Howard Greenfield was an American lyricist and songwriter, who for several years in the 1960s worked out of the famous Brill Building. He is best known for his successful songwriting collaborations, including one with Neil Sedaka from the late 1950s to the mid-1970s, and near-simultaneous songwriting partnerships with Jack Keller and Helen Miller throughout most of the 1960s.
"Chains" is a rhythm and blues song written by husband-and-wife songwriting team Gerry Goffin and Carole King. It was a hit for the American girl group the Cookies in 1962 and in 1963 the Beatles recorded the song for their debut album.
"Happy Birthday Sweet Sixteen" is a pop song released in 1961 by Neil Sedaka. Sedaka wrote the music and performed the song, while the lyrics were written by Howard Greenfield. The song is noted for being similar in musical structure to Take Good Care of My Baby by Bobby Vee, and additionally for its resemblance to the melody of the Chiffons' subsequent 1963 hit "One Fine Day". Both of these songs exhibiting similarity to "Happy Birthday Sweet Sixteen" were penned by the team of Carole King and Gerry Goffin. The song reached #6 on the Billboard Hot 100 chart and no 3 on the UK Singles Chart.
DiFosco "Dee" T. Ervin Jr., usually known professionally as Big Dee Irwin, was an American singer and songwriter whose biggest hit was a version of "Swinging On A Star" in 1963, recorded as a duet with Little Eva.
The Blossoms are an American girl-group that originated from California. During their height of success in the 1960s, the group's lineup most famously consisted of Darlene Love, Fanita James, and Jean King.
Earl-Jean Reavis is an American former pop and R&B singer, who was a member of the vocal group, the Cookies. Credited as Earl-Jean, she had a solo hit with the original version of "I'm into Something Good", written by Gerry Goffin and Carole King, and later a bigger hit for Herman's Hermits.
Dimension Records was a record label founded in 1962 in New York City by Don Kirshner and Al Nevins, owners of Aldon Music. It concentrated on the girl group sound and showcased songs by Gerry Goffin and Carole King. Their composition "The Loco-Motion", sung by Little Eva, gave it its biggest hit. Background vocals on that record were by the Cookies, who had their own hits on the label, including "Chains", which was later recorded by the Beatles. In the UK, Dimension was licensed to London Records.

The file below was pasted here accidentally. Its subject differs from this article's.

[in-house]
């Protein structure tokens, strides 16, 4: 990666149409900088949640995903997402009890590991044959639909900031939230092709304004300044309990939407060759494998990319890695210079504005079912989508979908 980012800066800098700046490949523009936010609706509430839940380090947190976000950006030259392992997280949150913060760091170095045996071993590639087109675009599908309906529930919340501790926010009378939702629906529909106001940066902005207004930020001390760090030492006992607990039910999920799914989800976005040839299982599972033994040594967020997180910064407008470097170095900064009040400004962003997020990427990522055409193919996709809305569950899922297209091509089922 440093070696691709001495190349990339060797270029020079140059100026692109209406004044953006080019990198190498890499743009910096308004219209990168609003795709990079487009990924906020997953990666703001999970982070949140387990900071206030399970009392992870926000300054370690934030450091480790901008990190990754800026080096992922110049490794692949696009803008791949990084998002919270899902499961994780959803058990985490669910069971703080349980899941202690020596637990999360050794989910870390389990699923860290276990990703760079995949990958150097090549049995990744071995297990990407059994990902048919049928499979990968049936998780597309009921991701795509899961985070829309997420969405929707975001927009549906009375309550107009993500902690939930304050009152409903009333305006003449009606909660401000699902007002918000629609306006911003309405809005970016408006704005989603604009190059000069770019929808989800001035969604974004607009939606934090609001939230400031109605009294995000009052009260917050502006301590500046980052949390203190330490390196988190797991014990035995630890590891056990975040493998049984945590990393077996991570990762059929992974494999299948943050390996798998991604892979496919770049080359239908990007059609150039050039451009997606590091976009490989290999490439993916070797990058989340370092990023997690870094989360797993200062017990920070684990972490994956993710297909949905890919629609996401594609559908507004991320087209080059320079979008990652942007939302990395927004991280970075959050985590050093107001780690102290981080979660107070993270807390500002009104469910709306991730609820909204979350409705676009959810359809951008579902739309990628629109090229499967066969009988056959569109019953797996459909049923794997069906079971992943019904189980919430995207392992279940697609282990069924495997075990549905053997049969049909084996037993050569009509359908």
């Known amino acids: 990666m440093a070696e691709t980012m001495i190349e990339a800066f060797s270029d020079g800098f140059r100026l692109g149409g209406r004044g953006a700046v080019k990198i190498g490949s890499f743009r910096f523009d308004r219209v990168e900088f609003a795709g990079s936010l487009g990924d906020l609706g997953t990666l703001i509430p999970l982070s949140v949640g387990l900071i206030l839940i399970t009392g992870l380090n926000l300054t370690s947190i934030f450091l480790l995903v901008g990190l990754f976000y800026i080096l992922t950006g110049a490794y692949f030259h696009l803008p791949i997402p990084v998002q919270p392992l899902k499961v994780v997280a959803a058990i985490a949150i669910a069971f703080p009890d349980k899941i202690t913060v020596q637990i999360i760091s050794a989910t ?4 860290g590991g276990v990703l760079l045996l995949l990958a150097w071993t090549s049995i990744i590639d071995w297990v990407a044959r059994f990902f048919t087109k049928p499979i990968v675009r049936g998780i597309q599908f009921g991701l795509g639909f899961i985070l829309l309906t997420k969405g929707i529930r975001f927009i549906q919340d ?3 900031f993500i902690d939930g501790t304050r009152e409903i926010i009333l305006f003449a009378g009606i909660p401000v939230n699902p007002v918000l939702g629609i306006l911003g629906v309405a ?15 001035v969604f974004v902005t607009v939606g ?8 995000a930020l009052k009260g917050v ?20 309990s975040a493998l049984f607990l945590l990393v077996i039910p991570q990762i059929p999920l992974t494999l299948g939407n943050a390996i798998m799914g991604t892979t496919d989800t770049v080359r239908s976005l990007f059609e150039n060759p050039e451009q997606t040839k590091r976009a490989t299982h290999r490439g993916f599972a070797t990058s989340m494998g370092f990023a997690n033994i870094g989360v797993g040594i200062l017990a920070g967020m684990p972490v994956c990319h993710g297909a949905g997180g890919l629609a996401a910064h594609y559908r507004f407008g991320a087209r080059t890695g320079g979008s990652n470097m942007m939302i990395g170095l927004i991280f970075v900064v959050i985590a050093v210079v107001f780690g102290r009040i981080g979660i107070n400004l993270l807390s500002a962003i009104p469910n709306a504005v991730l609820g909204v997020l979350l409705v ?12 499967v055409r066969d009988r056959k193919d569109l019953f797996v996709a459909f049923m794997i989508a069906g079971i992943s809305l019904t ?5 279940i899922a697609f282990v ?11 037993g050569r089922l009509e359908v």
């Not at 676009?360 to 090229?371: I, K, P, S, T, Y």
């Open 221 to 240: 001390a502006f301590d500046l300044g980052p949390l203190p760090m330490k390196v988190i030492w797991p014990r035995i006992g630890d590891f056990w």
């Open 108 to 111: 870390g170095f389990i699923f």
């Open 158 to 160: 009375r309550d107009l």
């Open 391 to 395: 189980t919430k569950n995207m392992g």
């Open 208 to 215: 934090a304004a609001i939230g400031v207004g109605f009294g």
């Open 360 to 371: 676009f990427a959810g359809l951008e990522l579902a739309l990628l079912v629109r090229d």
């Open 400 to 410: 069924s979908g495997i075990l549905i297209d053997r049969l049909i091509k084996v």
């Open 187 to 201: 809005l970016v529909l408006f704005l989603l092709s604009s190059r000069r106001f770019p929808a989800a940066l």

The Best of the Girl Groups is a 2-volume compilation series released by Rhino Records in 1990. The collection, compiling 36 of the better known tracks by girl groups of the 1960s, is listed at #421 in Rolling Stone's list of "Greatest Albums of All Time". Music journalist Robert Christgau includes the compilation in his "core collection" for an essential rock library of music preceding 1980. Entertainment Weekly described the first volume as "a veritable catalog of the era's romantic attitudes". The New York Times recommends both volumes, in conjunction with Rhino's Girl Group Greats, for listeners seeking "the biggest girl-group hits".
The History of Rock and Roll is a radio documentary on rock and roll music, originally syndicated in 1969, and again in 1978 and 1981. It is currently distributed as a 2 1/2 minute short feature on internet networks. This list below reflects the contents of the more widely heard 1978 version of The History of Rock & Roll.
"Calendar Girl" is a song by Neil Sedaka. The music was composed by Sedaka and the lyrics by Howard Greenfield. Recorded in 1960 and released in December of that year, it was a Top-5 hit single for Sedaka, peaking at #4 on the US charts, #3 in Australia, and #1 on the Canadian and Japanese charts.
Neil Sedaka Sings His Greatest Hits is a 1963 compilation album of twelve of the most popular hits of Neil Sedaka's tenure with RCA Victor.
The following is a comprehensive discography of Neil Sedaka, the American singer.
The Many Sides Of Neil Sedaka is a 1978 compilation album released by RCA Victor Records containing the works of pop singer Neil Sedaka. The album contains some of Sedaka's lesser-known works in the period from 1958-1965, although three of the songs on the album were charting hits at the time of their original release.
Neil Sedaka: All Time Greatest Hits, Volume 2 is a compilation album containing the works of American pop singer Neil Sedaka. The songs featured are some of Sedaka's lesser-known songs from his days with RCA Victor from 1958–1966, songs that were not included on the 1988 album Neil Sedaka: All Time Greatest Hits. The album was released in 1991 by RCA Records.
The Very Best of Neil Sedaka is a 2001 compilation album issued by RCA Records as part of their commemorative "100th Anniversary" series of albums celebrating their biggest stars. The album features some of Sedaka's best-known hits during his days with RCA, recorded from 1958-1963.
Marjorie "Margie" Hendrix was an American rhythm and blues singer best known for her performances as a founder member and leader of the Raelettes, backing Ray Charles, the father of their child, Charles Wayne Hendrix. The spelling "Hendricks" is sometimes used.